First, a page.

A student task force has asked the University of Maryland to try one more course of gentle persuasion in the struggle to curb rowdy and vulgar fan behavior before the school imposes new restrictions or disciplinary measures at sporting events.

Among the measures recommended by the all-undergraduate committee are lectures for incoming freshmen by head coaches, free T-shirts in exchange for ones with profane slogans and "best sign" contests promoted on the video board at football and basketball games.

The committee also urged the promotion of "creative, witty cheers" to replace -- or at least drown out -- the kind of obscene chants that were audible during the national television broadcasts of some basketball games last season, to the embarrassment of university officials.

"We're giving the students one last chance to prove that they know better," said David Krieger, a senior student government representative who chaired the task force.

If the efforts fail, he said, then the committee would welcome a tougher approach, including a ban on profane T-shirts or loss of ticketing rights for students who lead vulgar chants.

University officials said they have agreed to the recommendations and won't impose penalties until they see how the new measures work.

The recommendations come five months after the home basketball game against Duke University that, for many, represented a low point in outrageous fan behavior. Many Maryland students were seen wearing red T-shirts with a profane reference to Duke, and in the final moments of the game, some began a vulgar chant aimed at Duke guard J.J. Redick.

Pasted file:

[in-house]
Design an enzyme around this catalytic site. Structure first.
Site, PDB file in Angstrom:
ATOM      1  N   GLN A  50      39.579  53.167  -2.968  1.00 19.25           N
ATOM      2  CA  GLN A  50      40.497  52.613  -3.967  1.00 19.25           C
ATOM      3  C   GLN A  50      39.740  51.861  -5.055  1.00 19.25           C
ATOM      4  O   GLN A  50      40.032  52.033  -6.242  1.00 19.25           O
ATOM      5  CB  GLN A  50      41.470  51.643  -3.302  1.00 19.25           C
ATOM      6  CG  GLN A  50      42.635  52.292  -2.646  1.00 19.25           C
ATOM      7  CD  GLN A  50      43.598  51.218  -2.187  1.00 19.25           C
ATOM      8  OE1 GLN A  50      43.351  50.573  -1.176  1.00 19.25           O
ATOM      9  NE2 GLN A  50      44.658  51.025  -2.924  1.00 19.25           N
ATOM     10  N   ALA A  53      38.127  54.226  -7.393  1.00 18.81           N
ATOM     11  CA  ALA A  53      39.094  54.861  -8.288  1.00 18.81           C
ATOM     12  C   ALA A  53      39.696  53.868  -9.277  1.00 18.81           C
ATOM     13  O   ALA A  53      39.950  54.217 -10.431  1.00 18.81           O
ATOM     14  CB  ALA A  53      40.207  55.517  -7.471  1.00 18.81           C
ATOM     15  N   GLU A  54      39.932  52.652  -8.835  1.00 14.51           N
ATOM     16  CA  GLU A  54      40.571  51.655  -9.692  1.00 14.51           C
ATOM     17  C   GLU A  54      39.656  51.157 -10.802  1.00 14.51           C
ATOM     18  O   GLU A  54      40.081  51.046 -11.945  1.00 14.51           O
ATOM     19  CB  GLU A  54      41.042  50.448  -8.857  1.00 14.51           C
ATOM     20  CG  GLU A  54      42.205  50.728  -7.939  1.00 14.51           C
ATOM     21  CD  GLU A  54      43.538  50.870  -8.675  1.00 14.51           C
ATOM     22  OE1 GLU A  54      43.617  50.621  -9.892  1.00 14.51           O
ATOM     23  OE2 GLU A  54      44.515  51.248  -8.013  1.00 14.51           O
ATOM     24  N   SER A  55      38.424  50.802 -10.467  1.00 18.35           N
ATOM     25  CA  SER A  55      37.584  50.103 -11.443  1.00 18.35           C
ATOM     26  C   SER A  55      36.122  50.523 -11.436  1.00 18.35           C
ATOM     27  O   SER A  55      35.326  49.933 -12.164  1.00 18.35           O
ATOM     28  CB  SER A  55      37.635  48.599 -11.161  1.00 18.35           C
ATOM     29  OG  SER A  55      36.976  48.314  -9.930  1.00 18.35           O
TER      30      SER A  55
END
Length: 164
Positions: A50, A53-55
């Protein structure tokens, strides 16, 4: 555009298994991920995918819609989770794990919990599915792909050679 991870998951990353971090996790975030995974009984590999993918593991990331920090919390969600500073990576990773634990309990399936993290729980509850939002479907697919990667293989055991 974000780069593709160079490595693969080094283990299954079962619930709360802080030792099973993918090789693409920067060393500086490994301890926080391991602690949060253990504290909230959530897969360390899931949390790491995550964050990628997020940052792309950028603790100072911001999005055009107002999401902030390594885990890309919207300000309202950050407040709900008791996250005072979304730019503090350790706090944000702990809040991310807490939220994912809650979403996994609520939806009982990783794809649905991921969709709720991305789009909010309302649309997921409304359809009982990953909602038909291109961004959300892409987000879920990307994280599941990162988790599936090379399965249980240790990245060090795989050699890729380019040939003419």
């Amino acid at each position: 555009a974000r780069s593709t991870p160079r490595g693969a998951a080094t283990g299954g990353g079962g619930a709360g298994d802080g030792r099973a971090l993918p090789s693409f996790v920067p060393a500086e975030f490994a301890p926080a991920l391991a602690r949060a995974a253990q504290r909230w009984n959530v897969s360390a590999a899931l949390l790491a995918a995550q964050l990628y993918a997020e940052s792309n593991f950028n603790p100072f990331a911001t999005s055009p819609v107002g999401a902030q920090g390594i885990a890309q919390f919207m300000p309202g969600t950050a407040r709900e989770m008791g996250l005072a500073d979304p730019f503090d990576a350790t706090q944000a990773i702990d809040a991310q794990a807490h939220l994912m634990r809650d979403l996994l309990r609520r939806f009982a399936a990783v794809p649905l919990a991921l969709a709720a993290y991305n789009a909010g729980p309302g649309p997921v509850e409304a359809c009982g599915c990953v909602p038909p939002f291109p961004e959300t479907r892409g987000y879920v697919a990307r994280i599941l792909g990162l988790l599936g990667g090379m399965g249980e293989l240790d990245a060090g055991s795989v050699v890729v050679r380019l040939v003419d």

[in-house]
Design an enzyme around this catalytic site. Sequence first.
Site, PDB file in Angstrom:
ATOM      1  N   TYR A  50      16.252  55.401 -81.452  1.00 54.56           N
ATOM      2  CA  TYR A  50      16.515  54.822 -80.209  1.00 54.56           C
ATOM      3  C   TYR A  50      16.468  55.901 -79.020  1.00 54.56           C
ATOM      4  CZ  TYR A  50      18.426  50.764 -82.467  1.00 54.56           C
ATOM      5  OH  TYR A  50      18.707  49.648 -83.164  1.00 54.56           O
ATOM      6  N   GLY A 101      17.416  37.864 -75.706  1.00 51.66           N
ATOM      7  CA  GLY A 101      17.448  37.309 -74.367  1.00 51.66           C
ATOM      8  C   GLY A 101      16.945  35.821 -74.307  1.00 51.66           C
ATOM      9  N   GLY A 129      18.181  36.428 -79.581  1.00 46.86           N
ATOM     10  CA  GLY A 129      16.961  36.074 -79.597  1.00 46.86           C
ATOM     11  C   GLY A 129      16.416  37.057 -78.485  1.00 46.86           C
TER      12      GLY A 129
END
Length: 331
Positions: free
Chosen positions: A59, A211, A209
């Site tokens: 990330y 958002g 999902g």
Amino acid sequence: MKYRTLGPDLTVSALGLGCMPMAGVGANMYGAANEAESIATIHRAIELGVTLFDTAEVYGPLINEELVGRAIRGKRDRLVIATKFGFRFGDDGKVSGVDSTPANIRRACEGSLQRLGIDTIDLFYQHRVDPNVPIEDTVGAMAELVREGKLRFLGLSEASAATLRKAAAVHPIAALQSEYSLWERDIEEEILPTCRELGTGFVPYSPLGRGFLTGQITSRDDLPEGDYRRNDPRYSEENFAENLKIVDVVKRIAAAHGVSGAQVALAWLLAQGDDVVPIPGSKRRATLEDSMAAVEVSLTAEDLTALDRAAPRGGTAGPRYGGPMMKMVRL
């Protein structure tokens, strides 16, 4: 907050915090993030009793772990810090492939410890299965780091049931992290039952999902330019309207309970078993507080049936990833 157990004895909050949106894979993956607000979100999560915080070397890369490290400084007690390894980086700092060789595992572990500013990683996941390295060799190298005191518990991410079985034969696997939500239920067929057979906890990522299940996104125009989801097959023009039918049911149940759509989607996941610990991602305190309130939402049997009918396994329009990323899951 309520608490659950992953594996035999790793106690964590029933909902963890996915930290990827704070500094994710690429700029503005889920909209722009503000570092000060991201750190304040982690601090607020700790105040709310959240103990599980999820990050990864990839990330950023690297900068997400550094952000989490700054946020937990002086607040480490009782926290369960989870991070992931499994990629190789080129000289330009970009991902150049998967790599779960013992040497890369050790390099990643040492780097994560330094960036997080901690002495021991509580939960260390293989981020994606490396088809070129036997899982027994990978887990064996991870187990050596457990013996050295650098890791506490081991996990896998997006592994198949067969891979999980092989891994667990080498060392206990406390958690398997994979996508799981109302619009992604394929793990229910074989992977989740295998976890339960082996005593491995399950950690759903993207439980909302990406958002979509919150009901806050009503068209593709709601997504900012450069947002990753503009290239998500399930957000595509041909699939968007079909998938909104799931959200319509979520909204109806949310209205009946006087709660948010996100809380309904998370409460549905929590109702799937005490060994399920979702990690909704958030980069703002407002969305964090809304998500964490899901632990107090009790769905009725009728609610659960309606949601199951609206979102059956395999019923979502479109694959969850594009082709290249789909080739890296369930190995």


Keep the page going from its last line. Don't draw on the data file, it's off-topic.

After that incident, university officials sought legal guidance on how to curb such behavior without violating the students' constitutional right to free speech. In March, the office of the State Attorney General issued an opinion that the university could adopt a "carefully drafted" policy to prohibit such behavior.

However, Assistant State Attorney General John K. Anderson also suggested that university might do well to try other tactics first, a recommendation embraced by the student task force.

Krieger said he was optimistic the committee's recommendations would work. In particular, he said that other colleges have found that lectures from head coaches can make a real impression on students. "That two-way communication is very important," he said.

Maryland had tried T-shirt exchange before, but not at the games, he said. "If [shirts] are readily available at the games, it's less likely a problem."

The task force is also recommending the distribution of satirical game-day newspapers to encourage the Maryland fan tradition of shaking newspapers at the opposing team. The papers would print "witty" but appropriate student-penned cheers that would, hopefully, catch on among the fans.

Finally, the task force called for the creation of a 12-member panel of students and administrators to monitor fan behavior and determine whether stricter steps will be necessary. For now, though, Krieger said he hopes education and some positive reinforcement will do the trick.

"I don't think people realize the magnitude of this being a problem," he said, arguing that vulgar behavior by fans could hurt Maryland's larger reputation as it tries to attract students and faculty and as its graduates go out for job interviews.

"We want to keep traditions of old intact," Krieger said, "but we also want to fine-tune them to deal with this matter."